Hospitals with no stroke certification often have a lesser ability to do so. It really just depends on what doctors are on duty when a patient arrives at the emergency room with stroke symptoms.

Stroke Symptoms Must Be Treated Quickly

In reality, though, the same thing is true even at a comprehensive or primary stroke center. Frequently, these hospitals are affiliated with a medical school or have a residency program to teach young doctors straight out of medical school. 

Depending on the time of day, the day of the week, or if it is a holiday, if a patient arrives at a stroke center's hospital emergency room, the only doctor on-site for the neurology stroke team is a resident, rather than a fully trained doctor.

In the case of our recent stroke client, the only stroke team member who saw her was a junior resident, still in his training and about 17 months out of medical school. Even when presented with complaints of classic stroke symptoms that had been observed by a family member and even the emergency room doctor, the young stroke team doctor botched the diagnosis and discharged the patient.

In that case, the family member voiced skepticism at the diagnosis, but was repeatedly (and incorrectly) reassured that it was not a stroke.

If you find yourself in that situation, I recommend that you politely, but firmly, insist on an evaluation by--and here are the magic words--a "stroke team attending neurologist." And remember, time is critical.

Having an experienced, fully/trained stroke doctor involved in person may make a big difference in the treatment in some situations.

Legal Hurdles in Stroke Cases

In general, medical malpractice cases in Texas face what I have described as a legal minefield as a result of so-called tort reform. That is why I recommend hiring someone with significant experience in handling this type of case.

But, for two reasons, stroke cases are even more daunting, so it is a good idea to look for an attorney with stroke-specific experience.

The first reason that stroke cases are extra challenging is that most of the time the evaluation, diagnosis, and treatment occur in a hospital-based emergency room. Under Texas Civil Practice & Remedies Code Section 74.154, a "wilful and wanton negligence" standard applies to such care. The Texas Supreme Court has interpreted that standard as being equivalent to gross negligence. This is a much higher standard than the ordinary negligence that a plaintiff must prove in most medical malpractice cases.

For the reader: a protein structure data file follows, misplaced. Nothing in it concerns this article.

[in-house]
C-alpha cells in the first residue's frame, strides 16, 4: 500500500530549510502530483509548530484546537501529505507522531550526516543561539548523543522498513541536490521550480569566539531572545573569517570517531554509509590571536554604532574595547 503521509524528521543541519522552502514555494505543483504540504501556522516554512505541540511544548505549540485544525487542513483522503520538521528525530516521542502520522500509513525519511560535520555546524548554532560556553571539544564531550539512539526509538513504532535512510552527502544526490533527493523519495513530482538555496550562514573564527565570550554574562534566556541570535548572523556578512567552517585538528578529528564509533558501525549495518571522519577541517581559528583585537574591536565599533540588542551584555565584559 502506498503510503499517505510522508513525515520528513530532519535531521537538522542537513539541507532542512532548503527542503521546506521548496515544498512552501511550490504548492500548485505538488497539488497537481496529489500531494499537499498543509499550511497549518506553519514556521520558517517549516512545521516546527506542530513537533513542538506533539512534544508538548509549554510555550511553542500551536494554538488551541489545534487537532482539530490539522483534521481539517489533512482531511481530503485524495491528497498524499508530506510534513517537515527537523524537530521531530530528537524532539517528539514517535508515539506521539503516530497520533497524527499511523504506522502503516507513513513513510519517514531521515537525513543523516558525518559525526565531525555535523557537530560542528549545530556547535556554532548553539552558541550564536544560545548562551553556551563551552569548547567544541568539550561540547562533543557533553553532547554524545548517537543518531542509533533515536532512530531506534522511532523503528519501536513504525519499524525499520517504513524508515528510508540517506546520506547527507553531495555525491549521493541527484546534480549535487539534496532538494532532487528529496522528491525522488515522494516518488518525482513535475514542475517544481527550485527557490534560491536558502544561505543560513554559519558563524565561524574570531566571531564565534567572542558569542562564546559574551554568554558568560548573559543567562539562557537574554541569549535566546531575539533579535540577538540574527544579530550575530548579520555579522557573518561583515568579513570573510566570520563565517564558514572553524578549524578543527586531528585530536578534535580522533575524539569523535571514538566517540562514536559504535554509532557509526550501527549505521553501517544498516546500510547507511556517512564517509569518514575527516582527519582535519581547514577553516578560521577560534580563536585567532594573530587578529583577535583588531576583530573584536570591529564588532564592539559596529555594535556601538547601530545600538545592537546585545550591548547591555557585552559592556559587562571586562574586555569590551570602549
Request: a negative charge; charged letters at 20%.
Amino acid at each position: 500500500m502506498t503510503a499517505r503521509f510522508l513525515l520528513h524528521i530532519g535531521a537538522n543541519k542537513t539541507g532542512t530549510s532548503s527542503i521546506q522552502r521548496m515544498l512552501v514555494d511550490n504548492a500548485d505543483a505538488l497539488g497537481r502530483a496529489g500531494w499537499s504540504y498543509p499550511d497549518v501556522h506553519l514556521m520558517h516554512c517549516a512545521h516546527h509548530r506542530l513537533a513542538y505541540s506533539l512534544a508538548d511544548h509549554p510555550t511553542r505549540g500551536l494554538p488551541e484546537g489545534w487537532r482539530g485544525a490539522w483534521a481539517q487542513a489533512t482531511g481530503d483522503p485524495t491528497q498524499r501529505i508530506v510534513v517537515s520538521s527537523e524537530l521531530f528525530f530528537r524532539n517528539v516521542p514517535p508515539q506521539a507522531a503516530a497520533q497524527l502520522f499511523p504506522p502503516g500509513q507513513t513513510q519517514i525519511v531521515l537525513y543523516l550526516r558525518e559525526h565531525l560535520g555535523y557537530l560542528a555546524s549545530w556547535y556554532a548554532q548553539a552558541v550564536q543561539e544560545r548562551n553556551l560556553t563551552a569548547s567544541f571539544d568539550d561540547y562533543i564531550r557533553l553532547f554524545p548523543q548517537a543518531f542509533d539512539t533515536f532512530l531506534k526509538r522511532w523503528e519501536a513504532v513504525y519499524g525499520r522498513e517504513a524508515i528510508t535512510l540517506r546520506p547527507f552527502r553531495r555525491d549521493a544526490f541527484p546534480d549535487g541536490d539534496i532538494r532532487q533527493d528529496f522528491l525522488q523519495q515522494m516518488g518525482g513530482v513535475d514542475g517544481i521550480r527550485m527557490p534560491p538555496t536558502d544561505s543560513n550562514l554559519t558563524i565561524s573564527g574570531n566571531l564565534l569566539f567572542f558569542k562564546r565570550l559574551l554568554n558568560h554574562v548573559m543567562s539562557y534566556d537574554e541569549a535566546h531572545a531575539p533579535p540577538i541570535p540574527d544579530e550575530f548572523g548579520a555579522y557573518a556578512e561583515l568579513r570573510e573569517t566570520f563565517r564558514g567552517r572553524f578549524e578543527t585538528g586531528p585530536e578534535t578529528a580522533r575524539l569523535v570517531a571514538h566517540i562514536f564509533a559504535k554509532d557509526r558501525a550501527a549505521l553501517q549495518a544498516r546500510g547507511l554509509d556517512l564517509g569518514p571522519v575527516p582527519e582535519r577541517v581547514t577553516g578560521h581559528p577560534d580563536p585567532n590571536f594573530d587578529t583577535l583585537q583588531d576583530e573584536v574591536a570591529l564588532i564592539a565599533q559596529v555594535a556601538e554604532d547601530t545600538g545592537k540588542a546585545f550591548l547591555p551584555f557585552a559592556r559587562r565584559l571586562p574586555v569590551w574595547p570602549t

In addition, stroke cases involving the failure to give a patient the clot-buster t-PA in a timely fashion is subject to extreme legal scrutiny. From a practical perspective, this standard makes all but a small portion of stroke cases very, very difficult to prove. The key factor is how quickly was the t-PA decision made in relation to when the stroke symptoms first started.

Texas Stroke Lawyers

The Houston-based stroke and medical malpractice lawyers at Painter Law Firm understand how to handle stroke cases. If you or someone you care for has been harmed because of a misdiagnosed or mistreated stroke, call us at 281-580-8800 for a free evaluation of your potential case.

Robert Painter
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Robert Painter

Robert Painter is an award-winning medical malpractice attorney at Painter Law Firm Medical Malpractice Attorneys in Houston, Texas. He is a former hospital administrator who represents patients and family members in medical negligence and wrongful death lawsuits all over Texas. Contact him for a free consultation and strategy session by calling 281-580-8800 or emailing him right now.